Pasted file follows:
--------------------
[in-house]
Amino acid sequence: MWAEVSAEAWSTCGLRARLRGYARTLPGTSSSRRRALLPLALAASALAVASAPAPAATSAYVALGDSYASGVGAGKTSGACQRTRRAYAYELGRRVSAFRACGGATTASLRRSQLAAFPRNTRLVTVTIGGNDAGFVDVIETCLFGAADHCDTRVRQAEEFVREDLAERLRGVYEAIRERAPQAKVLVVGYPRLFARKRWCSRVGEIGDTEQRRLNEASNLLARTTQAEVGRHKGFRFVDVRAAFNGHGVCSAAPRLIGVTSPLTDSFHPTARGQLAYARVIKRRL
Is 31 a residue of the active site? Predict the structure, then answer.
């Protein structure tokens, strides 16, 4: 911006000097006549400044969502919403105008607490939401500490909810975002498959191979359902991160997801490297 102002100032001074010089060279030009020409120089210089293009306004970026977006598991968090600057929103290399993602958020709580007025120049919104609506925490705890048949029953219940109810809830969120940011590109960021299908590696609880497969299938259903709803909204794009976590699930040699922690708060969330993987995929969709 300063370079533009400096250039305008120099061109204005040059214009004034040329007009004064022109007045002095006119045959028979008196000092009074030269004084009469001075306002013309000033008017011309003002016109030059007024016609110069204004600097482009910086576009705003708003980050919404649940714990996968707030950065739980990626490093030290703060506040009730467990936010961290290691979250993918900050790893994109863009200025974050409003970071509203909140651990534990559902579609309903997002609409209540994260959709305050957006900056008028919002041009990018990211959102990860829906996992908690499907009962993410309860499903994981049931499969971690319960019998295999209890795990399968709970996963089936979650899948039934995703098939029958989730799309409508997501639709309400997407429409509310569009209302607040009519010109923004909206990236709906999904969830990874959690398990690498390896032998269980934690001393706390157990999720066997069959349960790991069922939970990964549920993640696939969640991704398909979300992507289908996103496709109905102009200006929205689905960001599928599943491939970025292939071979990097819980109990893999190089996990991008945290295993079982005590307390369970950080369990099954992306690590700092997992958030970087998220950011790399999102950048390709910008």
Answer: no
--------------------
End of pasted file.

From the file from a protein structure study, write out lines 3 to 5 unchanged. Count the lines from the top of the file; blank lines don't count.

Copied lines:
Is 31 a residue of the active site? Predict the structure, then answer.
């Protein structure tokens, strides 16, 4: 911006000097006549400044969502919403105008607490939401500490909810975002498959191979359902991160997801490297 102002100032001074010089060279030009020409120089210089293009306004970026977006598991968090600057929103290399993602958020709580007025120049919104609506925490705890048949029953219940109810809830969120940011590109960021299908590696609880497969299938259903709803909204794009976590699930040699922690708060969330993987995929969709 300063370079533009400096250039305008120099061109204005040059214009004034040329007009004064022109007045002095006119045959028979008196000092009074030269004084009469001075306002013309000033008017011309003002016109030059007024016609110069204004600097482009910086576009705003708003980050919404649940714990996968707030950065739980990626490093030290703060506040009730467990936010961290290691979250993918900050790893994109863009200025974050409003970071509203909140651990534990559902579609309903997002609409209540994260959709305050957006900056008028919002041009990018990211959102990860829906996992908690499907009962993410309860499903994981049931499969971690319960019998295999209890795990399968709970996963089936979650899948039934995703098939029958989730799309409508997501639709309400997407429409509310569009209302607040009519010109923004909206990236709906999904969830990874959690398990690498390896032998269980934690001393706390157990999720066997069959349960790991069922939970990964549920993640696939969640991704398909979300992507289908996103496709109905102009200006929205689905960001599928599943491939970025292939071979990097819980109990893999190089996990991008945290295993079982005590307390369970950080369990099954992306690590700092997992958030970087998220950011790399999102950048390709910008």
Answer: no